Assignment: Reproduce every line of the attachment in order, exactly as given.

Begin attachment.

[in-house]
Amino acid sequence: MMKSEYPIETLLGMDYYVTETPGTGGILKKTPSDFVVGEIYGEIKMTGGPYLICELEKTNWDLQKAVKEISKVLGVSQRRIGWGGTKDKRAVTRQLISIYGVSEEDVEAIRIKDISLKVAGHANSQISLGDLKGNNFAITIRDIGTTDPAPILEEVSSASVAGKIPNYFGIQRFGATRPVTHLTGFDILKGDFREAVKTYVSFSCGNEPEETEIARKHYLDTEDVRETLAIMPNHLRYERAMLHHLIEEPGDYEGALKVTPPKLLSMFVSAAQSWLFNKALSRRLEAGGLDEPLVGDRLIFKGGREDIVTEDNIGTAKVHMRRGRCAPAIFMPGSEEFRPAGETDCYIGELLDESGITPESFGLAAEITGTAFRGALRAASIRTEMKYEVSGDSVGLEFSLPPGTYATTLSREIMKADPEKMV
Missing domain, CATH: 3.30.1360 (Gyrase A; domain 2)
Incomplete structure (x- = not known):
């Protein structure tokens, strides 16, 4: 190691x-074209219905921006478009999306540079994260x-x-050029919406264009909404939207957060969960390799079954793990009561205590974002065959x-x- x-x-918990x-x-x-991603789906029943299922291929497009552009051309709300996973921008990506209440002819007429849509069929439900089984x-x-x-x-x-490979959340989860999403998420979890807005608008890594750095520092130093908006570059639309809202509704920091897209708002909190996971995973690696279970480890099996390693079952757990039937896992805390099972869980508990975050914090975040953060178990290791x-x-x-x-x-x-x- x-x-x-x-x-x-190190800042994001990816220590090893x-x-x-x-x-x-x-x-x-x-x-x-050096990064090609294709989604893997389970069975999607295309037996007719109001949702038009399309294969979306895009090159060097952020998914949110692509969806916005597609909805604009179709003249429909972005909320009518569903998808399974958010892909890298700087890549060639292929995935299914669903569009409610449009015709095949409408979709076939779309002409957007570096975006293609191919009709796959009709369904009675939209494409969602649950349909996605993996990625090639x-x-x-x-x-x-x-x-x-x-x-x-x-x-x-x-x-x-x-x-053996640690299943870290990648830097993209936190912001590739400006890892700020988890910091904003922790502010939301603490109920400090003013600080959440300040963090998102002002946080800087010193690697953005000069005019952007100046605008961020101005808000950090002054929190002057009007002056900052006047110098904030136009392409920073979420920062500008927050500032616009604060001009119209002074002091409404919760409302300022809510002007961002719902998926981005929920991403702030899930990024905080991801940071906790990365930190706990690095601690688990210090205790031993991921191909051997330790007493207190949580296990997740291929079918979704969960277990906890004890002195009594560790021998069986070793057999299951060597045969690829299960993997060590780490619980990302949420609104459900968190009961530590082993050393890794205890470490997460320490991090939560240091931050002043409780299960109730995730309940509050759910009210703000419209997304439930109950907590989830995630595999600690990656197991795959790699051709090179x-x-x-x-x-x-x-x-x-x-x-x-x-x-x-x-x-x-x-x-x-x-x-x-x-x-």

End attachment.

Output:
[in-house]
Amino acid sequence: MMKSEYPIETLLGMDYYVTETPGTGGILKKTPSDFVVGEIYGEIKMTGGPYLICELEKTNWDLQKAVKEISKVLGVSQRRIGWGGTKDKRAVTRQLISIYGVSEEDVEAIRIKDISLKVAGHANSQISLGDLKGNNFAITIRDIGTTDPAPILEEVSSASVAGKIPNYFGIQRFGATRPVTHLTGFDILKGDFREAVKTYVSFSCGNEPEETEIARKHYLDTEDVRETLAIMPNHLRYERAMLHHLIEEPGDYEGALKVTPPKLLSMFVSAAQSWLFNKALSRRLEAGGLDEPLVGDRLIFKGGREDIVTEDNIGTAKVHMRRGRCAPAIFMPGSEEFRPAGETDCYIGELLDESGITPESFGLAAEITGTAFRGALRAASIRTEMKYEVSGDSVGLEFSLPPGTYATTLSREIMKADPEKMV
Missing domain, CATH: 3.30.1360 (Gyrase A; domain 2)
Incomplete structure (x- = not known):
């Protein structure tokens, strides 16, 4: 190691x-074209219905921006478009999306540079994260x-x-050029919406264009909404939207957060969960390799079954793990009561205590974002065959x-x- x-x-918990x-x-x-991603789906029943299922291929497009552009051309709300996973921008990506209440002819007429849509069929439900089984x-x-x-x-x-490979959340989860999403998420979890807005608008890594750095520092130093908006570059639309809202509704920091897209708002909190996971995973690696279970480890099996390693079952757990039937896992805390099972869980508990975050914090975040953060178990290791x-x-x-x-x-x-x- x-x-x-x-x-x-190190800042994001990816220590090893x-x-x-x-x-x-x-x-x-x-x-x-050096990064090609294709989604893997389970069975999607295309037996007719109001949702038009399309294969979306895009090159060097952020998914949110692509969806916005597609909805604009179709003249429909972005909320009518569903998808399974958010892909890298700087890549060639292929995935299914669903569009409610449009015709095949409408979709076939779309002409957007570096975006293609191919009709796959009709369904009675939209494409969602649950349909996605993996990625090639x-x-x-x-x-x-x-x-x-x-x-x-x-x-x-x-x-x-x-x-053996640690299943870290990648830097993209936190912001590739400006890892700020988890910091904003922790502010939301603490109920400090003013600080959440300040963090998102002002946080800087010193690697953005000069005019952007100046605008961020101005808000950090002054929190002057009007002056900052006047110098904030136009392409920073979420920062500008927050500032616009604060001009119209002074002091409404919760409302300022809510002007961002719902998926981005929920991403702030899930990024905080991801940071906790990365930190706990690095601690688990210090205790031993991921191909051997330790007493207190949580296990997740291929079918979704969960277990906890004890002195009594560790021998069986070793057999299951060597045969690829299960993997060590780490619980990302949420609104459900968190009961530590082993050393890794205890470490997460320490991090939560240091931050002043409780299960109730995730309940509050759910009210703000419209997304439930109950907590989830995630595999600690990656197991795959790699051709090179x-x-x-x-x-x-x-x-x-x-x-x-x-x-x-x-x-x-x-x-x-x-x-x-x-x-």